America Is Not Rome: The Wrong Metaphor & Bad Economic Policy

by AJR Morris on December 16, 2010

in Economy,Politics

I can appreciate that America likes to compare itself to ancient Rome. After all they both came from humble beginnings, they grew to become economic, political and military power houses through innovation and technological development (aqueducts, standardized parts, roads, airplanes) and they were both (to a degree) republics. Thomas Jefferson was obsessed with the Romans. Much of the architecture around the US capitol is influenced by Roman design. However they are picking the wrong empire to compare themselves to. America is not Rome, America is 17th and 18th Century France. Why am I making this comparison? Simple, America has a tax system that only benefits an entrenched aristocracy just like France did before its revolution. Also the bad foreign policy initiatives, massive debt and military quagmires are similar but mainly the tax system.

In the United States, dividends (the return on investment generated from stock investment) are taxed at only 15%. The argument is that it would be double taxation for a company and individuals that earn a profit. However, many of the wealthiest Americans generate the majority of their income from dividends. So that means the majority of their income is only taxed at 15% while the most people who earn their living through wages are taxed around 35%. This is why Warren Buffet says he pays a lower tax rate than his secretary. How does this compare with France?

The second estate was the French nobility. They compromised roughly 1.5 percent of the population and paid zero taxes. They benefited the most from a system that was skewed in their favor. Essentially it was the old world’s version of Reaganomics. What exists now in America isn’t so much capitalism but rather a post-industrial serfdom. The over emphasis on supply-side economics has marginalized the majority of spenders through the process of gradually taking them out of the equation. After all, last year the average middle class citizen paid more taxes than Exxon Mobile who reinvested their (45.2  billion dollar) earnings overseas and never paid a cent in tax to the United States government. Of course, its not like corporations have the same legal status as people under the law, oh wait, never mind.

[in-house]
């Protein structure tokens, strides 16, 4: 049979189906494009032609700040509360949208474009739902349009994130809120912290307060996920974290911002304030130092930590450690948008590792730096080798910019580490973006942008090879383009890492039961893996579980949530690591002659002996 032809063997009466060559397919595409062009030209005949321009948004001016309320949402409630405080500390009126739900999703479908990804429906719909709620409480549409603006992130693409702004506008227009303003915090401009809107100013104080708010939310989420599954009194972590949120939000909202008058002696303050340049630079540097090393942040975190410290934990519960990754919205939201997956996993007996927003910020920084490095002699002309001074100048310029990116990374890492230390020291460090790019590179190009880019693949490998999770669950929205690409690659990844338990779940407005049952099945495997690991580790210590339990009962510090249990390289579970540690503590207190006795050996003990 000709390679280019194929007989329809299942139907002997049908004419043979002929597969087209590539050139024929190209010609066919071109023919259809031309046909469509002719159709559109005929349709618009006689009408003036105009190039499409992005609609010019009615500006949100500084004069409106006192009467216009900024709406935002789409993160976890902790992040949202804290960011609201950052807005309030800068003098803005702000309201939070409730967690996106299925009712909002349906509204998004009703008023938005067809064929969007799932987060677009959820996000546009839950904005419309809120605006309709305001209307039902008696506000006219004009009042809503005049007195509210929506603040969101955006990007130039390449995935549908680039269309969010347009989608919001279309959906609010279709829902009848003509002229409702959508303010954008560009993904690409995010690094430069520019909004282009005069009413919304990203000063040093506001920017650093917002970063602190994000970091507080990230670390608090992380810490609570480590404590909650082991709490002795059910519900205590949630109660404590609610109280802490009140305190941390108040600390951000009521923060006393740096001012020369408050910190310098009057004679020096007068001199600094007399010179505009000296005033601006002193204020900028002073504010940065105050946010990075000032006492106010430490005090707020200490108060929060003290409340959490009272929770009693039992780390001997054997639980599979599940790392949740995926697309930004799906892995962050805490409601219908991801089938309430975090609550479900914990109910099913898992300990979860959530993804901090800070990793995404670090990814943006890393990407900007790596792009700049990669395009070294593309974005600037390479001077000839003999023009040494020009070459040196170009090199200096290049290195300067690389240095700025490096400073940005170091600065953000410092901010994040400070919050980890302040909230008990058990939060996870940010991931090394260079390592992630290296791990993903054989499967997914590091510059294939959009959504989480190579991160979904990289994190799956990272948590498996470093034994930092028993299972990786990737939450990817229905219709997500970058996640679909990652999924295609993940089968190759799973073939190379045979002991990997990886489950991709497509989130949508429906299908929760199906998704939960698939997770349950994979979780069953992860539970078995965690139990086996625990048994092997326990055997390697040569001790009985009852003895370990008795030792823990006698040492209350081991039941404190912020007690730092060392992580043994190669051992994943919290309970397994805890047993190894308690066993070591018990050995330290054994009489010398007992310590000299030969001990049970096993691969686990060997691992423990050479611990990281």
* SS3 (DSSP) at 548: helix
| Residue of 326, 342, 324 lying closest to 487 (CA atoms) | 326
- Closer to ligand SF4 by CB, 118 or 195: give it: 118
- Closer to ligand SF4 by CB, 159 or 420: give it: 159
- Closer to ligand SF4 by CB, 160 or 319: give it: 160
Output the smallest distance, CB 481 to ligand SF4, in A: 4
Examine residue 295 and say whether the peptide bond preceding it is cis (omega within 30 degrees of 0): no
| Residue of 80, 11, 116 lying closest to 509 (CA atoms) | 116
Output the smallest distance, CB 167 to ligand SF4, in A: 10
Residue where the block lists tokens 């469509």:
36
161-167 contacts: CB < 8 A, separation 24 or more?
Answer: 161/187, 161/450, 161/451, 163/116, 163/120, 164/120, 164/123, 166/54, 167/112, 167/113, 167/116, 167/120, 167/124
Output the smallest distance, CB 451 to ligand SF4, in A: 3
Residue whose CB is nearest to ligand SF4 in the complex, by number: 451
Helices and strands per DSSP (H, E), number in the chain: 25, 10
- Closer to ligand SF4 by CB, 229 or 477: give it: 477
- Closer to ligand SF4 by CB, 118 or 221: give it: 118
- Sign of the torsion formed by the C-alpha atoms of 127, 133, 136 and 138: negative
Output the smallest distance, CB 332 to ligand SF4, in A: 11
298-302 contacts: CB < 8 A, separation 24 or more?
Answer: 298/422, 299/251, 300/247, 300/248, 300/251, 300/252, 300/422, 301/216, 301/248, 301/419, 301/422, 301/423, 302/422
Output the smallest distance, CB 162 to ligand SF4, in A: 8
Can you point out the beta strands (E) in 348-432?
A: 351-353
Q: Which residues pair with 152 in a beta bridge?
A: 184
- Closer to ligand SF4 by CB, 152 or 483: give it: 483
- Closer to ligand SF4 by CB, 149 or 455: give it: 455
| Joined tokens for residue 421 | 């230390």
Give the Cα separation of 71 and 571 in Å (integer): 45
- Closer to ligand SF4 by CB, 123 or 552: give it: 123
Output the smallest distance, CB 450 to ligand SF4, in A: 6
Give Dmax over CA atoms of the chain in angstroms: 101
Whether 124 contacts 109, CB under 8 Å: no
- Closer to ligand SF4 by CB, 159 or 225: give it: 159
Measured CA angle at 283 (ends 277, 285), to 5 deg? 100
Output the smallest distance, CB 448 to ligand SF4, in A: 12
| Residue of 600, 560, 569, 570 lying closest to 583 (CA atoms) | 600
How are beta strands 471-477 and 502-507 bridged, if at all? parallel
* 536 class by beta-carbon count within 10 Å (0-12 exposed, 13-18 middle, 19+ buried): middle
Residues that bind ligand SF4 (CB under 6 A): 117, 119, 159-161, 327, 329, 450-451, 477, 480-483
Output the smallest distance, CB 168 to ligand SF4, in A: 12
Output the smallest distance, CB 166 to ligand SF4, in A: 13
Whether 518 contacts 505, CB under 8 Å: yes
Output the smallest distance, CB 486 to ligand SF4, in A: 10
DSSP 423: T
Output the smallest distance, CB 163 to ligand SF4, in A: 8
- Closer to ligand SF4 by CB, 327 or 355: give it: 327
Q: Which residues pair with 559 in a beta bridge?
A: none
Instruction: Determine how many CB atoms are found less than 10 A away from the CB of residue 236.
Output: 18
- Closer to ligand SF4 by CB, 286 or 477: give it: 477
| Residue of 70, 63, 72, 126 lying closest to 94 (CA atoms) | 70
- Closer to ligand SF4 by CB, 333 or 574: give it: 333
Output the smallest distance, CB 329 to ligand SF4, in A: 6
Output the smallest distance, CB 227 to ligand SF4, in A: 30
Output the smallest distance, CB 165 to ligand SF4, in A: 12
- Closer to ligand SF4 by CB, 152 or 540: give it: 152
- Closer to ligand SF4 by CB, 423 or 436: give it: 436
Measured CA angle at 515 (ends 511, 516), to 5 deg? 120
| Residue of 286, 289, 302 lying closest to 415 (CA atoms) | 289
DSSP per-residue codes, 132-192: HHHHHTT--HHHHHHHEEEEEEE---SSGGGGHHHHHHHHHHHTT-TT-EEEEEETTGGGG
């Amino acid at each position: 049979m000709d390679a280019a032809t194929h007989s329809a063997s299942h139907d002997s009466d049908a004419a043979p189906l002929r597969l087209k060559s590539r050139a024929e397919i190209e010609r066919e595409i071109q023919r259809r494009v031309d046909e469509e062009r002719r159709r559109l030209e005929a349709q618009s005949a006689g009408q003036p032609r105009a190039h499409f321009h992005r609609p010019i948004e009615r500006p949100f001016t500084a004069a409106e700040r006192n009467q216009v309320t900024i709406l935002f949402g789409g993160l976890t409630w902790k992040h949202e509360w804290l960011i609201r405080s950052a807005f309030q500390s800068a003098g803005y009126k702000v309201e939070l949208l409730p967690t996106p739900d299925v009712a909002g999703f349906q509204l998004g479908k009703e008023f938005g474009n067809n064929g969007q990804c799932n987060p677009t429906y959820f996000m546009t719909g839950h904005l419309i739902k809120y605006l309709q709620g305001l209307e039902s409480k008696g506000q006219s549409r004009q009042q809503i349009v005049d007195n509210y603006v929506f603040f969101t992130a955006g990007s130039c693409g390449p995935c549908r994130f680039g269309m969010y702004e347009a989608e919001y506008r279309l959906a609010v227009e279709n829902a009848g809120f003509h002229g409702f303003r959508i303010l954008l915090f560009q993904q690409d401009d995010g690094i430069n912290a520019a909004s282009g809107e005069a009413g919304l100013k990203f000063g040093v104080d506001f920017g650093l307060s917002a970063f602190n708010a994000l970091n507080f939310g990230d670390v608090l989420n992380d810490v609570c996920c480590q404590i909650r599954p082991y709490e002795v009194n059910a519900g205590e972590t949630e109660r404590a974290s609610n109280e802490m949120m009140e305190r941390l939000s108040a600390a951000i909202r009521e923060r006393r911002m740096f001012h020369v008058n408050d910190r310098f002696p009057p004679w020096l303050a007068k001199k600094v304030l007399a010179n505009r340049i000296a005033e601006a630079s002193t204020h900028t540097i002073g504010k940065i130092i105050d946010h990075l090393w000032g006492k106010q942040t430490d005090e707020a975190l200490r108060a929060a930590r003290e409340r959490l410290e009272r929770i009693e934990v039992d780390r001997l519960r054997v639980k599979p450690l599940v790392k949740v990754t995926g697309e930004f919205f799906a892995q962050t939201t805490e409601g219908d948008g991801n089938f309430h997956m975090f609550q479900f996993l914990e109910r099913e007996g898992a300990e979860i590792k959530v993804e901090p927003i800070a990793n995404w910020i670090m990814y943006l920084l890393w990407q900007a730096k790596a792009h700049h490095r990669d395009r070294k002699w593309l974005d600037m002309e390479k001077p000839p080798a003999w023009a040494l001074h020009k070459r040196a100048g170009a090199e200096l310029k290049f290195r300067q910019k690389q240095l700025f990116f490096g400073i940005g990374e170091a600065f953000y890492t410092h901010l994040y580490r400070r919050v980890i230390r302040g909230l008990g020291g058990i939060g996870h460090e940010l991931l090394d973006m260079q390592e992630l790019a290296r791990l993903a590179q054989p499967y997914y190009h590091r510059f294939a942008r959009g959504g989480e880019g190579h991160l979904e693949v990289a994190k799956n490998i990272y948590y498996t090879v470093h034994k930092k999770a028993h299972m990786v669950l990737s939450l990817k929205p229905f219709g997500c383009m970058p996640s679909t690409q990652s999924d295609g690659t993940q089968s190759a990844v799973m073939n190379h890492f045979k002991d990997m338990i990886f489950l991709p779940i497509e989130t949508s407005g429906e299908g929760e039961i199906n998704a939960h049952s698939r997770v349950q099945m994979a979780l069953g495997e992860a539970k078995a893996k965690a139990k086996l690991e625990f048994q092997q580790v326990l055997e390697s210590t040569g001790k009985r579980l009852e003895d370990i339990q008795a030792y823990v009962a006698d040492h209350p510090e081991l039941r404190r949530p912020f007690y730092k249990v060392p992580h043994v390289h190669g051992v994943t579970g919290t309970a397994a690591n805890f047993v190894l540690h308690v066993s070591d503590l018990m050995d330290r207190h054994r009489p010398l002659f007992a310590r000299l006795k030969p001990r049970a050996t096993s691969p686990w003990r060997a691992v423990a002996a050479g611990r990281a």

This falls into what is called the paradox of thrift. There is a belief that is common among many that what is good for the home is good for the economy. For example, if we cut household expenses it helps us have more disposable income in the long run. However if this is applied on a grand scale to the economy it actually tends to hurt it. The basics are that income/demand must be equal to output just as savings must be equal to investment. So if we decide to cut government income we must also understand that government output will be cut too. Same as if the government allows for a greater level of savings then people should be increasing their overall investments. Unfortunately this is not the case and what we are seeing is the people who have had their saving increased are hoarding their currency rather than investing or spending.

So what happens when you have a situation where people are not making any investment into a country are extracting the greatest return from everyone else? Well the French had some problems with  this exact situation. The results are actually pretty interesting. The high levels of debt, increased taxation and lack of representation caused the professional elements of society to re-frame their society. Most revolutions are successful when the middle class finally has enough and burns down the status quo. This isn’t likely to happen in the United States. America has systematically destroyed their middle class. Chances are we are about to see the return of feudalism. Feudalism with computers, credit cards, drive throughs and cell phones.

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